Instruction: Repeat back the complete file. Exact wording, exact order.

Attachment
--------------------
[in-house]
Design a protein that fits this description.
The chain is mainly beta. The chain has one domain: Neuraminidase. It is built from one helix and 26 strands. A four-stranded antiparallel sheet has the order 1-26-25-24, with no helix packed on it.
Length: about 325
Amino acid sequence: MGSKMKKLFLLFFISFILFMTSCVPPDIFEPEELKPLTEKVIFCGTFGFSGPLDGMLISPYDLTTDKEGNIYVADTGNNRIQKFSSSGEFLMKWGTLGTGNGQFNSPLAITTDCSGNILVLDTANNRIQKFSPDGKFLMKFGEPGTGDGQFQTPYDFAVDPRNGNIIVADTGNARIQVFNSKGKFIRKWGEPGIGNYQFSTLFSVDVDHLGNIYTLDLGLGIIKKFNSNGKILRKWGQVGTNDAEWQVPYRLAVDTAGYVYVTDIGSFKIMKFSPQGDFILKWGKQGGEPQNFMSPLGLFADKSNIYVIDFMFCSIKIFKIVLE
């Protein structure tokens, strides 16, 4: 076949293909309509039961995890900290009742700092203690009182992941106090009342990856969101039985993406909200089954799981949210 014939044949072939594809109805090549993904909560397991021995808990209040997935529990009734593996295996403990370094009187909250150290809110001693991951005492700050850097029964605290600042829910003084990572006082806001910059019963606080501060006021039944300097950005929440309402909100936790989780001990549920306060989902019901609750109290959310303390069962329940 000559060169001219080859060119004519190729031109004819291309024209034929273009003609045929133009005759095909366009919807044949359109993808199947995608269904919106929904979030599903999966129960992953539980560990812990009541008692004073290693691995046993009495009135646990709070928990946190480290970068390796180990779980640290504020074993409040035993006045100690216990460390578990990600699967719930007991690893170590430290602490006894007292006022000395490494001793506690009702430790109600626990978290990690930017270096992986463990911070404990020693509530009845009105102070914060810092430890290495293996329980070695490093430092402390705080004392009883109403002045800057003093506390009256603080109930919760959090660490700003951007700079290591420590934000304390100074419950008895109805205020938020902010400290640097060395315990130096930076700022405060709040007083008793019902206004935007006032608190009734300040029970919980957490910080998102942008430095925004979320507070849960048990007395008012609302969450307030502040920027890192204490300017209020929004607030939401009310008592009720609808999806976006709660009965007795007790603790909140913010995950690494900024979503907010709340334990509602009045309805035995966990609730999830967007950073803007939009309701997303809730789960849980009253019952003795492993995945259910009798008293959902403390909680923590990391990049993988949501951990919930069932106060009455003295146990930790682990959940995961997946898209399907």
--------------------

[in-house]
Design a protein that fits this description.
The chain is mainly beta. The chain has one domain: Neuraminidase. It is built from one helix and 26 strands. A four-stranded antiparallel sheet has the order 1-26-25-24, with no helix packed on it.
Length: about 325
Amino acid sequence: MGSKMKKLFLLFFISFILFMTSCVPPDIFEPEELKPLTEKVIFCGTFGFSGPLDGMLISPYDLTTDKEGNIYVADTGNNRIQKFSSSGEFLMKWGTLGTGNGQFNSPLAITTDCSGNILVLDTANNRIQKFSPDGKFLMKFGEPGTGDGQFQTPYDFAVDPRNGNIIVADTGNARIQVFNSKGKFIRKWGEPGIGNYQFSTLFSVDVDHLGNIYTLDLGLGIIKKFNSNGKILRKWGQVGTNDAEWQVPYRLAVDTAGYVYVTDIGSFKIMKFSPQGDFILKWGKQGGEPQNFMSPLGLFADKSNIYVIDFMFCSIKIFKIVLE
């Protein structure tokens, strides 16, 4: 076949293909309509039961995890900290009742700092203690009182992941106090009342990856969101039985993406909200089954799981949210 014939044949072939594809109805090549993904909560397991021995808990209040997935529990009734593996295996403990370094009187909250150290809110001693991951005492700050850097029964605290600042829910003084990572006082806001910059019963606080501060006021039944300097950005929440309402909100936790989780001990549920306060989902019901609750109290959310303390069962329940 000559060169001219080859060119004519190729031109004819291309024209034929273009003609045929133009005759095909366009919807044949359109993808199947995608269904919106929904979030599903999966129960992953539980560990812990009541008692004073290693691995046993009495009135646990709070928990946190480290970068390796180990779980640290504020074993409040035993006045100690216990460390578990990600699967719930007991690893170590430290602490006894007292006022000395490494001793506690009702430790109600626990978290990690930017270096992986463990911070404990020693509530009845009105102070914060810092430890290495293996329980070695490093430092402390705080004392009883109403002045800057003093506390009256603080109930919760959090660490700003951007700079290591420590934000304390100074419950008895109805205020938020902010400290640097060395315990130096930076700022405060709040007083008793019902206004935007006032608190009734300040029970919980957490910080998102942008430095925004979320507070849960048990007395008012609302969450307030502040920027890192204490300017209020929004607030939401009310008592009720609808999806976006709660009965007795007790603790909140913010995950690494900024979503907010709340334990509602009045309805035995966990609730999830967007950073803007939009309701997303809730789960849980009253019952003795492993995945259910009798008293959902403390909680923590990391990049993988949501951990919930069932106060009455003295146990930790682990959940995961997946898209399907």